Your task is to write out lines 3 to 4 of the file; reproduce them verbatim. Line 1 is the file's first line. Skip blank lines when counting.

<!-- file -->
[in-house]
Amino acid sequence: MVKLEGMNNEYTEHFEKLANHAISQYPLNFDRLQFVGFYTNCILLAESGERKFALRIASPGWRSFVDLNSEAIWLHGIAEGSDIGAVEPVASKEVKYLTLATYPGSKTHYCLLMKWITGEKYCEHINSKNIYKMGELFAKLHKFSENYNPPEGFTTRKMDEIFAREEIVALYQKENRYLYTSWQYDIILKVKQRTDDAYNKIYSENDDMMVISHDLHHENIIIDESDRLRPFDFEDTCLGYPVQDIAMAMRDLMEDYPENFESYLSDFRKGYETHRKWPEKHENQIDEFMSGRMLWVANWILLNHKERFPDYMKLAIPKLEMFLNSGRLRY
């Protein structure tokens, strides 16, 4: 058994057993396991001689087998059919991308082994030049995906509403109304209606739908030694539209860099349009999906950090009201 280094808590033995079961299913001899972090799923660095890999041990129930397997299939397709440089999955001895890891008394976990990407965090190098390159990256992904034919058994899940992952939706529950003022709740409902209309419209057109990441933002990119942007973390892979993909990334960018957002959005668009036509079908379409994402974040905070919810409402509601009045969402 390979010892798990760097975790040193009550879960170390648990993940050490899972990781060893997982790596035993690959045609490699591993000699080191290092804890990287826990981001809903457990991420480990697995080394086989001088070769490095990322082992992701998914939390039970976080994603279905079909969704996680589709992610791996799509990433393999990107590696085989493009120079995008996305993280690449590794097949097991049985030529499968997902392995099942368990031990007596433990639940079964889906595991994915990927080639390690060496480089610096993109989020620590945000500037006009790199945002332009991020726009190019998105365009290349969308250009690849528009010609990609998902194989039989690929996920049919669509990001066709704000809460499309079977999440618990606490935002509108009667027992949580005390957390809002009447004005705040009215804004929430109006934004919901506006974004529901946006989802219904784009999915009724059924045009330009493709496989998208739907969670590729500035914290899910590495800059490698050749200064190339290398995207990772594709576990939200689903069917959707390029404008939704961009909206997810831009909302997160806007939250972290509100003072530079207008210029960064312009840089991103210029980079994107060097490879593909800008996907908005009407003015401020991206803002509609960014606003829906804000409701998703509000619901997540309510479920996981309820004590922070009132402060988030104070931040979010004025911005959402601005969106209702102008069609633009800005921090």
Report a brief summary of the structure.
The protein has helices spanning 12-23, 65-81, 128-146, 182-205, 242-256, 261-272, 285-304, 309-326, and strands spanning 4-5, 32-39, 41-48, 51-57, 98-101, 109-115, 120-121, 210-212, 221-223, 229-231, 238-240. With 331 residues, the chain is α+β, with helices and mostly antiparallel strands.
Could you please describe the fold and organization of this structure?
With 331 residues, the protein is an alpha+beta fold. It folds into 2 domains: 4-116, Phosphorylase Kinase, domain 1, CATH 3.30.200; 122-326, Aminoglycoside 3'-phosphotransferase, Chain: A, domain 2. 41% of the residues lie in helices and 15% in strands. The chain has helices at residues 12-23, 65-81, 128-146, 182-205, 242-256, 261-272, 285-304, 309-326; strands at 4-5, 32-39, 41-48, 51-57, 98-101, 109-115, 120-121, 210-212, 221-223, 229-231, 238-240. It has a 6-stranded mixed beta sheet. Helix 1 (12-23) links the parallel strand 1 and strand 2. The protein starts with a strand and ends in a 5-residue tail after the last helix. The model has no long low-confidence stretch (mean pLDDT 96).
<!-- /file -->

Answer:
């Protein structure tokens, strides 16, 4: 058994057993396991001689087998059919991308082994030049995906509403109304209606739908030694539209860099349009999906950090009201 280094808590033995079961299913001899972090799923660095890999041990129930397997299939397709440089999955001895890891008394976990990407965090190098390159990256992904034919058994899940992952939706529950003022709740409902209309419209057109990441933002990119942007973390892979993909990334960018957002959005668009036509079908379409994402974040905070919810409402509601009045969402 390979010892798990760097975790040193009550879960170390648990993940050490899972990781060893997982790596035993690959045609490699591993000699080191290092804890990287826990981001809903457990991420480990697995080394086989001088070769490095990322082992992701998914939390039970976080994603279905079909969704996680589709992610791996799509990433393999990107590696085989493009120079995008996305993280690449590794097949097991049985030529499968997902392995099942368990031990007596433990639940079964889906595991994915990927080639390690060496480089610096993109989020620590945000500037006009790199945002332009991020726009190019998105365009290349969308250009690849528009010609990609998902194989039989690929996920049919669509990001066709704000809460499309079977999440618990606490935002509108009667027992949580005390957390809002009447004005705040009215804004929430109006934004919901506006974004529901946006989802219904784009999915009724059924045009330009493709496989998208739907969670590729500035914290899910590495800059490698050749200064190339290398995207990772594709576990939200689903069917959707390029404008939704961009909206997810831009909302997160806007939250972290509100003072530079207008210029960064312009840089991103210029980079994107060097490879593909800008996907908005009407003015401020991206803002509609960014606003829906804000409701998703509000619901997540309510479920996981309820004590922070009132402060988030104070931040979010004025911005959402601005969106209702102008069609633009800005921090």
Report a brief summary of the structure.